the HAES® files: Stress Mess: How “Fighting Fat” Makes People Sick

Excellent article. Society needs to shift it’s focus. If people actually care about the health of those who are fat, the first question should be “what is life doing to this person” not “how can I get this person to lose weight”. No one needs to be told what to do. No one wants it. It is judgmental, which symptomatic of bigotry, and must end.

Health At Every Size® Blog

by Linda Bacon, PhD, and Lucy Aphramor, PhD, RD

The Health At Every Size® Blog is honored to feature this post, which is also being posted as part of the “Featured Bloggers” online conference taking place for Weight Stigma Awareness Week 2013.

The World Health Organization uses the term ‘globesity’ to describe a supposed epidemic threatening millions across the world with the specter of serious metabolic health disorders.

We cry foul: Those menaced “overweight” millions, it turns out, come disproportionately from disadvantaged populations, and no matter how fat or thin they are, it’s their marginalized status itself that harms health. “Fighting obesity” as a health target not only adds insult to the injury of poverty and stigmatization, it worsens the situation. Fat, while an expediently visible marker, is not the actual enemy. The move to banish it flouts scientific evidence while honoring half-hidden aesthetic and moralistic biases.

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Blog breaks…

I blog cuts off abruptly toward the end of August because I went to visit my boyfriend in England for two weeks.

What happened there was an eye opener and one I could blog about for the next month. What was happening at home, however, has taken away my desire to write.

My father died less than a week before his 72nd birthday. I do not like discussing it because he was, in a lot of ways, the poster child against everything I want people to feel and believe: He was a morbidly obese ex-smoker with COPD who was so heavy that he could barely get around, let alone lose the sort of weight that he would need to undergo the bypass surgery that would have helped keep him from dying of the congestive heart failure/COPD combo that took him away from us on Sept. 5.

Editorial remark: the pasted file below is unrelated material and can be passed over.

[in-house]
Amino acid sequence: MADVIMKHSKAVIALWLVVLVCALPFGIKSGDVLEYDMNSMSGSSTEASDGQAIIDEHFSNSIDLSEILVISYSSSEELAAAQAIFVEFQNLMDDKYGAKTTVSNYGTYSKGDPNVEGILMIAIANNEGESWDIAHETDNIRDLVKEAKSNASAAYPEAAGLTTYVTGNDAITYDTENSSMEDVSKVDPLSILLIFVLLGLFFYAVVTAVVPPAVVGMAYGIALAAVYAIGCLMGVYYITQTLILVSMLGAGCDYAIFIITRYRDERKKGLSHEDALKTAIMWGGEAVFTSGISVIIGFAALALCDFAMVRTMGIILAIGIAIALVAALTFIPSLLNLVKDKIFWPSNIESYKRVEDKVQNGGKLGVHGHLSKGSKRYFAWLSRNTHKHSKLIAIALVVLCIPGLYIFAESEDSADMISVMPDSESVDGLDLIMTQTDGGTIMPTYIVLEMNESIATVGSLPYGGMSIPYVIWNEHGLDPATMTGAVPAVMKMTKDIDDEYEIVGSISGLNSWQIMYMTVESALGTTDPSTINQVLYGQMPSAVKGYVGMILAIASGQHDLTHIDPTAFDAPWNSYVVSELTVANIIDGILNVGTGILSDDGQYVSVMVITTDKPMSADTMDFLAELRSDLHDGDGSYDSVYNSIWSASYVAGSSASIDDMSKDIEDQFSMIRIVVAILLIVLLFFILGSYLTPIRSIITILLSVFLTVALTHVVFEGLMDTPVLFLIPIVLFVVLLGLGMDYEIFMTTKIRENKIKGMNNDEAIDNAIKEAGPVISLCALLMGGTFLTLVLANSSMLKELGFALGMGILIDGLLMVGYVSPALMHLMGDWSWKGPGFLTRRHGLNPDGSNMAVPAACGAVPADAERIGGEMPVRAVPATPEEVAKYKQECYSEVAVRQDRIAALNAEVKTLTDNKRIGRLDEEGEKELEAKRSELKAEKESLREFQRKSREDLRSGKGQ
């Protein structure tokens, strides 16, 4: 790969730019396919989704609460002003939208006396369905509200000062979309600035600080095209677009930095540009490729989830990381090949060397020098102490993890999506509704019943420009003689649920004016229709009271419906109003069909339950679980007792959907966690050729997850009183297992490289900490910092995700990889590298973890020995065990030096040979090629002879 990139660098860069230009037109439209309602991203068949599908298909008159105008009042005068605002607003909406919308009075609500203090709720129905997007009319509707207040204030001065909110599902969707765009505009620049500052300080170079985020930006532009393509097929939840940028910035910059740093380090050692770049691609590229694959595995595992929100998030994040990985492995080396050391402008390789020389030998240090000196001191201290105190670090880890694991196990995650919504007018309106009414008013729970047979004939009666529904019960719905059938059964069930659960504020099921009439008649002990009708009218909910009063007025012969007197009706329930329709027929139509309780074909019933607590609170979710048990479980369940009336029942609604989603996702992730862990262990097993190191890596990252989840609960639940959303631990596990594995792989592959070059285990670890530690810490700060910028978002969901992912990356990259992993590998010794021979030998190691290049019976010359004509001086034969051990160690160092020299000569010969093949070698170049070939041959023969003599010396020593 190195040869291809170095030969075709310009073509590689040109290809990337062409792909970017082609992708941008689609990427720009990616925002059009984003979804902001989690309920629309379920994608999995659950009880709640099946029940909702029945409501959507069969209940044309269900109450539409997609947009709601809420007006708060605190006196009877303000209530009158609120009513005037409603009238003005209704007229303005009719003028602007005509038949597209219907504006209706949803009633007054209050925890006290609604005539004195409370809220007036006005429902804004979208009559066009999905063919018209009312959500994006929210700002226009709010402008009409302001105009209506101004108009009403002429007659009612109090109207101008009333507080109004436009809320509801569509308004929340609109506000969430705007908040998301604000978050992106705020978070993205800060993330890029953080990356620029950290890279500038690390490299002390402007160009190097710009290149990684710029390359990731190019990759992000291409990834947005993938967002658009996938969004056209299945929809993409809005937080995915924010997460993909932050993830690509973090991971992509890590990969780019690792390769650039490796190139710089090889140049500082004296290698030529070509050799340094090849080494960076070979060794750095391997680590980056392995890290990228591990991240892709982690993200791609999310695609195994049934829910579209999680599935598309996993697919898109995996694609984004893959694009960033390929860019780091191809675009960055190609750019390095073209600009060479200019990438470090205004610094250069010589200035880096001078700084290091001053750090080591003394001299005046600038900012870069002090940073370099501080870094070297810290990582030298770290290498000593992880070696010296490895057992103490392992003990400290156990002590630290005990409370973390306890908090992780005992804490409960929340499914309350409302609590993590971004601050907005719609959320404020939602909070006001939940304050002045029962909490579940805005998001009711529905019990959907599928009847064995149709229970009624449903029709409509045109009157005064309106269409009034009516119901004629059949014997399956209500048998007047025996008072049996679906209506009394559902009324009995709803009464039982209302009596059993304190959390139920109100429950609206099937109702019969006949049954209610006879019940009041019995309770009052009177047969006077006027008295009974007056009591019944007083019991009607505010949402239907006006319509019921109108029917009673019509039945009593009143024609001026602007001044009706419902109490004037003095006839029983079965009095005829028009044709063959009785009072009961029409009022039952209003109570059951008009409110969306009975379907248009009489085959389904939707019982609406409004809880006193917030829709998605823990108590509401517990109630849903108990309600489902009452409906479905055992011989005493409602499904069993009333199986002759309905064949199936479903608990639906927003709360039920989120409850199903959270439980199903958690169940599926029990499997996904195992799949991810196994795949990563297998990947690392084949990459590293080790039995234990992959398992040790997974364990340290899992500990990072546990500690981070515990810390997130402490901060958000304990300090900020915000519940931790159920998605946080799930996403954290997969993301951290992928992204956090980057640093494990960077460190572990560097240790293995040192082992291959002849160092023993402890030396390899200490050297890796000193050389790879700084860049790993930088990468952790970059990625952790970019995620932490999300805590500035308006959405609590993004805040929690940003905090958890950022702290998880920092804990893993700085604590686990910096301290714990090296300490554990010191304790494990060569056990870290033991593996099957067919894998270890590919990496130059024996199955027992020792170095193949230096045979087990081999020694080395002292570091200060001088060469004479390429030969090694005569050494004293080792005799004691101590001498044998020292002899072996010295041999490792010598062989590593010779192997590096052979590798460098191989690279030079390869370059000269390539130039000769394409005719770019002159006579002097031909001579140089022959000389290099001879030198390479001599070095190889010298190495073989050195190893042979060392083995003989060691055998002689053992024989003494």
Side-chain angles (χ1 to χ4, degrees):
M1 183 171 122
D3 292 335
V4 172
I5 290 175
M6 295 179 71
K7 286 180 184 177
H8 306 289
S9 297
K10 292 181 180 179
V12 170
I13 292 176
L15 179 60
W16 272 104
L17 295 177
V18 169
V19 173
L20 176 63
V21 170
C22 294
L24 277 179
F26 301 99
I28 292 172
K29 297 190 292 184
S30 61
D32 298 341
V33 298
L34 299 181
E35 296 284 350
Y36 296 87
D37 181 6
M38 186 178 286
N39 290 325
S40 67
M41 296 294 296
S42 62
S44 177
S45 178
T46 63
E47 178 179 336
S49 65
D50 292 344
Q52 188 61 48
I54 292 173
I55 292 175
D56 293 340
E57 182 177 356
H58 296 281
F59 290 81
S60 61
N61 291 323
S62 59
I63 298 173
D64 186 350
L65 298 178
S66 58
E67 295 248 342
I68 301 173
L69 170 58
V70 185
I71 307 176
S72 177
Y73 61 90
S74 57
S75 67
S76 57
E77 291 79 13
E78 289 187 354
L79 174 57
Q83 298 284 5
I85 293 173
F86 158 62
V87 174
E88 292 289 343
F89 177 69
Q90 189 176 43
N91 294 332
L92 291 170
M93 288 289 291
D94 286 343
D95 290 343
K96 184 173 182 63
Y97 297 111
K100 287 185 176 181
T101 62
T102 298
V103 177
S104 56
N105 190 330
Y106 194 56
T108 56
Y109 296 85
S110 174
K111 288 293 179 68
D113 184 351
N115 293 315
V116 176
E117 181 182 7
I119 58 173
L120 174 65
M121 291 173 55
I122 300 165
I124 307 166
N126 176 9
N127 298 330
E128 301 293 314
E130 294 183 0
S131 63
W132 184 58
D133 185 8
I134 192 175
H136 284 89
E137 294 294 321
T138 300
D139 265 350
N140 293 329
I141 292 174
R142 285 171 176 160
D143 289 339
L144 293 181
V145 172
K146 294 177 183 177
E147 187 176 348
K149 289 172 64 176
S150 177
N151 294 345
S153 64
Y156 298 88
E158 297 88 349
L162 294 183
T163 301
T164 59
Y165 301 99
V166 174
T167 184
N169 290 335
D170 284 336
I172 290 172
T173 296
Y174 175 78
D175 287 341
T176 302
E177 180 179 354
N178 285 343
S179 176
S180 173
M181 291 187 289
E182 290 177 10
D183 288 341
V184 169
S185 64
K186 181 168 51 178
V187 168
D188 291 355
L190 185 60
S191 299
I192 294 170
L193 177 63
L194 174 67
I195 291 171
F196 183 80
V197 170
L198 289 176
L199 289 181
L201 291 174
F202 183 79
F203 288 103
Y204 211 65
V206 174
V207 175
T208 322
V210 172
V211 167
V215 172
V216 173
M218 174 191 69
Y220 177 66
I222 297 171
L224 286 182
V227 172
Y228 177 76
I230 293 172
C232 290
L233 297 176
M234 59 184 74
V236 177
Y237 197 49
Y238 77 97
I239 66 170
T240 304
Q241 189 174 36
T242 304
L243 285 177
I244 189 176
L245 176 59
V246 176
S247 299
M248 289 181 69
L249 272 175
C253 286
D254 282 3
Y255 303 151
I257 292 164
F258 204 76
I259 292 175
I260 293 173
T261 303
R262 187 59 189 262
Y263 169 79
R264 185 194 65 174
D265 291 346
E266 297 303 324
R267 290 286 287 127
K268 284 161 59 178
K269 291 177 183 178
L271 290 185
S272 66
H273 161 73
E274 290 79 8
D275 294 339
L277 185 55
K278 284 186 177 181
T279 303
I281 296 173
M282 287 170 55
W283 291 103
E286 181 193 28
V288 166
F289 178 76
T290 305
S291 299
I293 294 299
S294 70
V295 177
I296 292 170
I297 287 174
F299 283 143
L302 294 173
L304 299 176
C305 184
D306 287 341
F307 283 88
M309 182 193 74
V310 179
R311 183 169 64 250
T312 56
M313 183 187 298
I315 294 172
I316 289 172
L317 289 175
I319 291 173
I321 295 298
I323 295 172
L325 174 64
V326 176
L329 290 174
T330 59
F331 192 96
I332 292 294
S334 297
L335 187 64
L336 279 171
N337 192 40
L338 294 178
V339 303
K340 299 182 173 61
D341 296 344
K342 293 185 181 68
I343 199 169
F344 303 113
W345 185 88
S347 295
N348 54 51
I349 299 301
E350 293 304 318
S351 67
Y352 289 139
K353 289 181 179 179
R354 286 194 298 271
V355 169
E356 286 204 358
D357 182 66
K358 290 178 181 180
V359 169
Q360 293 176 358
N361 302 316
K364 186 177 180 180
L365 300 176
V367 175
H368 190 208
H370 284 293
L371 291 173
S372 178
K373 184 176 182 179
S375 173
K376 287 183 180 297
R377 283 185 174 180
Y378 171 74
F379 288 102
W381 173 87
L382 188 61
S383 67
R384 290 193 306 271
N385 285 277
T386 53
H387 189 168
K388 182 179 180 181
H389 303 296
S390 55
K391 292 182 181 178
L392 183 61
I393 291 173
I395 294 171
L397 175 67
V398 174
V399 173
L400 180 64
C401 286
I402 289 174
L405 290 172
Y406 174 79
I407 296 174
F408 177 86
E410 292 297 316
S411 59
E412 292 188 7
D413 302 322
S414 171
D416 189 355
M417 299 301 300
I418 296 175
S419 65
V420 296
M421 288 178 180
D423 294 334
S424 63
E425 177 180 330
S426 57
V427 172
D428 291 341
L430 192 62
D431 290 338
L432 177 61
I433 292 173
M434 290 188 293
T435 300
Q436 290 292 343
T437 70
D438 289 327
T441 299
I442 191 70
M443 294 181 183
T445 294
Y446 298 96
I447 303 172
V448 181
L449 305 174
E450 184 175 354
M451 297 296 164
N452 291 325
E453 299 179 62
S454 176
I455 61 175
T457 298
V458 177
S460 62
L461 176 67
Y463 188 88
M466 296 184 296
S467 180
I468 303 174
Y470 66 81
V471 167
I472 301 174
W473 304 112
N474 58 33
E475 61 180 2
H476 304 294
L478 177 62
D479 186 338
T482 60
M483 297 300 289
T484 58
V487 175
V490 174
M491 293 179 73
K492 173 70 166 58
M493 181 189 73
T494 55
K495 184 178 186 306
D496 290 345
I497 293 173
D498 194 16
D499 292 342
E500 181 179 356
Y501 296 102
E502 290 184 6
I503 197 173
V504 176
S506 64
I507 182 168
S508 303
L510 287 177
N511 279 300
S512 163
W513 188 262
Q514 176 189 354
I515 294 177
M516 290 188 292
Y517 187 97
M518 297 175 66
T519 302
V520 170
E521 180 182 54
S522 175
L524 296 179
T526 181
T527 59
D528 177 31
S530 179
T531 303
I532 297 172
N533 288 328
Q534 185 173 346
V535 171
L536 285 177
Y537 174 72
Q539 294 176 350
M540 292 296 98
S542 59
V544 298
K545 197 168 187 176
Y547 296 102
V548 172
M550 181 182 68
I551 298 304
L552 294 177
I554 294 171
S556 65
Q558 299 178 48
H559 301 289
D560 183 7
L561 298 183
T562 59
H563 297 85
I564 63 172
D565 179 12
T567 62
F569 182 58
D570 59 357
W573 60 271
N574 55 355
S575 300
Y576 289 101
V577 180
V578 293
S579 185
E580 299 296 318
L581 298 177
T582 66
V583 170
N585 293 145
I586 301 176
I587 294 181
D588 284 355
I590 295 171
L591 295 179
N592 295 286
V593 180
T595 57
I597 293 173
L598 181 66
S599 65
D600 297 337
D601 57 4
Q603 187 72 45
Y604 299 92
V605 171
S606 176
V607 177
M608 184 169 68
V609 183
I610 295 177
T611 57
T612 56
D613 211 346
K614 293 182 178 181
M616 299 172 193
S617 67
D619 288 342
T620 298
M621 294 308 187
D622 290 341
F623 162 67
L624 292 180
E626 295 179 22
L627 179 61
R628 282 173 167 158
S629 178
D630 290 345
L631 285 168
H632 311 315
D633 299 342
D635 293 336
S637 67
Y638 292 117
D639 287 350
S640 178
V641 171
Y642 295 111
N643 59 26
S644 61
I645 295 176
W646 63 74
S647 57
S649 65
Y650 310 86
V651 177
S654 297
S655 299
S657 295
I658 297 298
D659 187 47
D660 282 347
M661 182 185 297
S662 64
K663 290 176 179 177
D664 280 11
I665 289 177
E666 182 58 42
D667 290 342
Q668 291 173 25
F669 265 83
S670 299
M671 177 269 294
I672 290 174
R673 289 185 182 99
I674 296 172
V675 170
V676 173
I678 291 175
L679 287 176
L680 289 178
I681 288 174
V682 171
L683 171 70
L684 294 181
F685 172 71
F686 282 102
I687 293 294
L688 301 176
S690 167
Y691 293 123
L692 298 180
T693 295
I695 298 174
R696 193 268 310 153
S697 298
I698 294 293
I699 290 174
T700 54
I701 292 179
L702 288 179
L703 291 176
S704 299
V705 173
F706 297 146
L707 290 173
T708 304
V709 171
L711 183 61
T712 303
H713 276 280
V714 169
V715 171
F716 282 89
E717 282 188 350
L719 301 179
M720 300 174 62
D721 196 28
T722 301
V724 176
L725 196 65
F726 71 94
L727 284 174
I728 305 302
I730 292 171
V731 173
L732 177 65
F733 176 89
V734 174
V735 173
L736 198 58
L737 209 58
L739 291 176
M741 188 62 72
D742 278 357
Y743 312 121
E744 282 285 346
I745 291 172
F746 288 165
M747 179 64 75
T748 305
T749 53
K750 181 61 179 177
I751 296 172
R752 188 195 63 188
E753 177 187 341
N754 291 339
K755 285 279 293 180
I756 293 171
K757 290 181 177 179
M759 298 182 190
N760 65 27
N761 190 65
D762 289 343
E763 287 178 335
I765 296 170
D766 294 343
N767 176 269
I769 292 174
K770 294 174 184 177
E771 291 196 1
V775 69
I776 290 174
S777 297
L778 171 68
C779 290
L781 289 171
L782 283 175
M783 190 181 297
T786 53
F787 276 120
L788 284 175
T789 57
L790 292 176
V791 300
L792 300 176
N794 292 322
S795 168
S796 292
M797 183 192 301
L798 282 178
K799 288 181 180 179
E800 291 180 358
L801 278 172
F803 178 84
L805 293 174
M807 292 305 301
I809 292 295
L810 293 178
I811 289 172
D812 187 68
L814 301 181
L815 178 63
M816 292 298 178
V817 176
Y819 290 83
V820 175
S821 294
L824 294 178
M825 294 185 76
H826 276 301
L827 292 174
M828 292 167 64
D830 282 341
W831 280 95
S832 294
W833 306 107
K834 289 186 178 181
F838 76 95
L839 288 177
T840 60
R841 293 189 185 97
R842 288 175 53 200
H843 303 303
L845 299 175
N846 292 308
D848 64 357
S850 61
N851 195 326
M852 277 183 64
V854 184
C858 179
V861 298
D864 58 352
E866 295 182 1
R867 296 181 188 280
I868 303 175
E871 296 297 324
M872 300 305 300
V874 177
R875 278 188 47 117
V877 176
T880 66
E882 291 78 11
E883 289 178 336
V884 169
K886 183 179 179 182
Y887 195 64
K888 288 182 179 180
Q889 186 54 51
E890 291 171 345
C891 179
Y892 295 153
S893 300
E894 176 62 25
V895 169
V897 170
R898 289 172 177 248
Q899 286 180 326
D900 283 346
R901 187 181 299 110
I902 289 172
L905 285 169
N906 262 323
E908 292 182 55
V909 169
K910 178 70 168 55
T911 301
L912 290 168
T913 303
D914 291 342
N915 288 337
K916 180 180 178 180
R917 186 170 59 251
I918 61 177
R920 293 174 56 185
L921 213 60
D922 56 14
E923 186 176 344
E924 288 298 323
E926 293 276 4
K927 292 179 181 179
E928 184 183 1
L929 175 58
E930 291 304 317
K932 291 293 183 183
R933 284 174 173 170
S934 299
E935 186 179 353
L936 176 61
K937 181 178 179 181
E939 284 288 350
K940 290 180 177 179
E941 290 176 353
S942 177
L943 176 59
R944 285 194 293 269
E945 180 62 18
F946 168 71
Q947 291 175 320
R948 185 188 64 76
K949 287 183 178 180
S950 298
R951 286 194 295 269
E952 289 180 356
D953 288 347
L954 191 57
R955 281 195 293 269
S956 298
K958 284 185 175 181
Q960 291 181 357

This news — heard after my real struggles in England based on the fact that I simply was not in a physical or emotional shape to tackle the busy, walking-intensive vacation that I thought my boyfriend wanted (turns out, had we actually discussed what we really wanted instead of what we could do, we would have realized we were both much more in a spa-vacation type mood than a whirlwind sightseeing mood) — has made this last week an extreme struggle. I have had issues with my father for a long time, but now he has become a statistic that can easily be used to bolster the side of those who want to cure obesity by destroying every human being that happens to find themselves in the BMI trap.

How does one speak against it all without feeling like some kind of a hypocrite. After all, he WAS too big. It’s not what killed him, but it did exacerbate his health issues as the only real treatment for congestive heart failure is an extreme lifestyle intervention: exercise and a restrictive diet.

Because of all this, I have had to stop following various FB pages/blogs on the subject of body positive/fat acceptance/etc. and I do not know when I will be able to write this blog again, or if I will be able to.

I want nothing more than for every single human being to be able to walk this world with dignity, knowing that those they encounter will treat them with honest respect instead of hidden loathing. But it seems like an impossible thing to ask for when there is so much ammo that can be used to suggest that I and others like me not only deserve to be treated with loathing, but should also loath ourselves for being abnormal.